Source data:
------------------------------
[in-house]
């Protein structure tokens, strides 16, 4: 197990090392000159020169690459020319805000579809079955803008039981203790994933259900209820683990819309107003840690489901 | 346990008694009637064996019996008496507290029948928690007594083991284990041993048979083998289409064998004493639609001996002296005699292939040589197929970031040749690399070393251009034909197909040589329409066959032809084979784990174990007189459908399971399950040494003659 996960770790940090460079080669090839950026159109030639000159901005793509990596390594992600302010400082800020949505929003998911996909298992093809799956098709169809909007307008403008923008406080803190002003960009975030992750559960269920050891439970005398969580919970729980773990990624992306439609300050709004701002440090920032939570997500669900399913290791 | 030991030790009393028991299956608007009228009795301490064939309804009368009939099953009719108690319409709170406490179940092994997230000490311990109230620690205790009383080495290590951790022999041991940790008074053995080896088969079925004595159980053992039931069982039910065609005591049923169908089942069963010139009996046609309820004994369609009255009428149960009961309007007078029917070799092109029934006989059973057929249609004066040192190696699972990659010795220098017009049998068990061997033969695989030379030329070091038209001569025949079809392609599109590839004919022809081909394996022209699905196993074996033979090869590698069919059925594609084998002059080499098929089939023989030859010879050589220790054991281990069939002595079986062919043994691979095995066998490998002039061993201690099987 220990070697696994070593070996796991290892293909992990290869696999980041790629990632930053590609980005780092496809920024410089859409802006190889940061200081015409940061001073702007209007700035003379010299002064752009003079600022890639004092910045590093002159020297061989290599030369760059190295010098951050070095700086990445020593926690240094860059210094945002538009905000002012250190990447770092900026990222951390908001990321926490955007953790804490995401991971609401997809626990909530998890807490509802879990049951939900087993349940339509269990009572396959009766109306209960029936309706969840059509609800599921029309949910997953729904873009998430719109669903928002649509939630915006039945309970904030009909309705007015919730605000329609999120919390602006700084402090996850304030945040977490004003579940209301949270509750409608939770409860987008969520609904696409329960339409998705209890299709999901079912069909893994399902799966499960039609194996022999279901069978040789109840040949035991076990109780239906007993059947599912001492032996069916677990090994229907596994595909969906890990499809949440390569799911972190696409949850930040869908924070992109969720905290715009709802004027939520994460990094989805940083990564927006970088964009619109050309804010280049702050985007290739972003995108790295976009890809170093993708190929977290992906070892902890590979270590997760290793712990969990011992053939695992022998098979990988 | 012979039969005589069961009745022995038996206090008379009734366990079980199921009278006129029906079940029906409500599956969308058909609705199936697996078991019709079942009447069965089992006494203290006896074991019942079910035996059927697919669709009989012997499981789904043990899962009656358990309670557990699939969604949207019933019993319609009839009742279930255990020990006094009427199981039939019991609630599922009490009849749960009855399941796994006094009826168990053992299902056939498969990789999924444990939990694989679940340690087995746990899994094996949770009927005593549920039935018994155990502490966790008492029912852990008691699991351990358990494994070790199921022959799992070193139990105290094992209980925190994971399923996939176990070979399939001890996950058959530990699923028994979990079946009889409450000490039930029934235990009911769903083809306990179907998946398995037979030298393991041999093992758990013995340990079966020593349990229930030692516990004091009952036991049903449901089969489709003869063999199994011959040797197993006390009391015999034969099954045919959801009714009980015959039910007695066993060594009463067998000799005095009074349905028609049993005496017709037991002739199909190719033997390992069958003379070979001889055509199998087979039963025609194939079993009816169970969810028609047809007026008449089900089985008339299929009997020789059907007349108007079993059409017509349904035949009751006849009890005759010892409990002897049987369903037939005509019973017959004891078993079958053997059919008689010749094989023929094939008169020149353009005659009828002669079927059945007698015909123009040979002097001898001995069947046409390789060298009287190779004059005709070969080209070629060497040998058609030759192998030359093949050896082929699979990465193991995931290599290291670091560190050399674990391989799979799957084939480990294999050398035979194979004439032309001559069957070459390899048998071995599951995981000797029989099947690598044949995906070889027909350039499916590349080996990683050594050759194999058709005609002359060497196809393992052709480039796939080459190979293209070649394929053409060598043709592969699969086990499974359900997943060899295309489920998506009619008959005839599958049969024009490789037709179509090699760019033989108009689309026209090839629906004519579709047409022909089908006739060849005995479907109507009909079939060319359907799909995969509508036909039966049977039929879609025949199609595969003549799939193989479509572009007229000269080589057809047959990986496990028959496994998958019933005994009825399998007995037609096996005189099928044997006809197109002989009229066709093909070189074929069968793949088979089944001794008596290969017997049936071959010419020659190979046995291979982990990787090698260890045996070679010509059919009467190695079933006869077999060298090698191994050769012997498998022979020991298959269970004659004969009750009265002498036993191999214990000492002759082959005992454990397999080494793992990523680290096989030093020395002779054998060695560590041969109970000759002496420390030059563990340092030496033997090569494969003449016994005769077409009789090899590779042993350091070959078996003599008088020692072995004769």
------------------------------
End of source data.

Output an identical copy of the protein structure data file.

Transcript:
[in-house]
């Protein structure tokens, strides 16, 4: 197990090392000159020169690459020319805000579809079955803008039981203790994933259900209820683990819309107003840690489901 | 346990008694009637064996019996008496507290029948928690007594083991284990041993048979083998289409064998004493639609001996002296005699292939040589197929970031040749690399070393251009034909197909040589329409066959032809084979784990174990007189459908399971399950040494003659 996960770790940090460079080669090839950026159109030639000159901005793509990596390594992600302010400082800020949505929003998911996909298992093809799956098709169809909007307008403008923008406080803190002003960009975030992750559960269920050891439970005398969580919970729980773990990624992306439609300050709004701002440090920032939570997500669900399913290791 | 030991030790009393028991299956608007009228009795301490064939309804009368009939099953009719108690319409709170406490179940092994997230000490311990109230620690205790009383080495290590951790022999041991940790008074053995080896088969079925004595159980053992039931069982039910065609005591049923169908089942069963010139009996046609309820004994369609009255009428149960009961309007007078029917070799092109029934006989059973057929249609004066040192190696699972990659010795220098017009049998068990061997033969695989030379030329070091038209001569025949079809392609599109590839004919022809081909394996022209699905196993074996033979090869590698069919059925594609084998002059080499098929089939023989030859010879050589220790054991281990069939002595079986062919043994691979095995066998490998002039061993201690099987 220990070697696994070593070996796991290892293909992990290869696999980041790629990632930053590609980005780092496809920024410089859409802006190889940061200081015409940061001073702007209007700035003379010299002064752009003079600022890639004092910045590093002159020297061989290599030369760059190295010098951050070095700086990445020593926690240094860059210094945002538009905000002012250190990447770092900026990222951390908001990321926490955007953790804490995401991971609401997809626990909530998890807490509802879990049951939900087993349940339509269990009572396959009766109306209960029936309706969840059509609800599921029309949910997953729904873009998430719109669903928002649509939630915006039945309970904030009909309705007015919730605000329609999120919390602006700084402090996850304030945040977490004003579940209301949270509750409608939770409860987008969520609904696409329960339409998705209890299709999901079912069909893994399902799966499960039609194996022999279901069978040789109840040949035991076990109780239906007993059947599912001492032996069916677990090994229907596994595909969906890990499809949440390569799911972190696409949850930040869908924070992109969720905290715009709802004027939520994460990094989805940083990564927006970088964009619109050309804010280049702050985007290739972003995108790295976009890809170093993708190929977290992906070892902890590979270590997760290793712990969990011992053939695992022998098979990988 | 012979039969005589069961009745022995038996206090008379009734366990079980199921009278006129029906079940029906409500599956969308058909609705199936697996078991019709079942009447069965089992006494203290006896074991019942079910035996059927697919669709009989012997499981789904043990899962009656358990309670557990699939969604949207019933019993319609009839009742279930255990020990006094009427199981039939019991609630599922009490009849749960009855399941796994006094009826168990053992299902056939498969990789999924444990939990694989679940340690087995746990899994094996949770009927005593549920039935018994155990502490966790008492029912852990008691699991351990358990494994070790199921022959799992070193139990105290094992209980925190994971399923996939176990070979399939001890996950058959530990699923028994979990079946009889409450000490039930029934235990009911769903083809306990179907998946398995037979030298393991041999093992758990013995340990079966020593349990229930030692516990004091009952036991049903449901089969489709003869063999199994011959040797197993006390009391015999034969099954045919959801009714009980015959039910007695066993060594009463067998000799005095009074349905028609049993005496017709037991002739199909190719033997390992069958003379070979001889055509199998087979039963025609194939079993009816169970969810028609047809007026008449089900089985008339299929009997020789059907007349108007079993059409017509349904035949009751006849009890005759010892409990002897049987369903037939005509019973017959004891078993079958053997059919008689010749094989023929094939008169020149353009005659009828002669079927059945007698015909123009040979002097001898001995069947046409390789060298009287190779004059005709070969080209070629060497040998058609030759192998030359093949050896082929699979990465193991995931290599290291670091560190050399674990391989799979799957084939480990294999050398035979194979004439032309001559069957070459390899048998071995599951995981000797029989099947690598044949995906070889027909350039499916590349080996990683050594050759194999058709005609002359060497196809393992052709480039796939080459190979293209070649394929053409060598043709592969699969086990499974359900997943060899295309489920998506009619008959005839599958049969024009490789037709179509090699760019033989108009689309026209090839629906004519579709047409022909089908006739060849005995479907109507009909079939060319359907799909995969509508036909039966049977039929879609025949199609595969003549799939193989479509572009007229000269080589057809047959990986496990028959496994998958019933005994009825399998007995037609096996005189099928044997006809197109002989009229066709093909070189074929069968793949088979089944001794008596290969017997049936071959010419020659190979046995291979982990990787090698260890045996070679010509059919009467190695079933006869077999060298090698191994050769012997498998022979020991298959269970004659004969009750009265002498036993191999214990000492002759082959005992454990397999080494793992990523680290096989030093020395002779054998060695560590041969109970000759002496420390030059563990340092030496033997090569494969003449016994005769077409009789090899590779042993350091070959078996003599008088020692072995004769």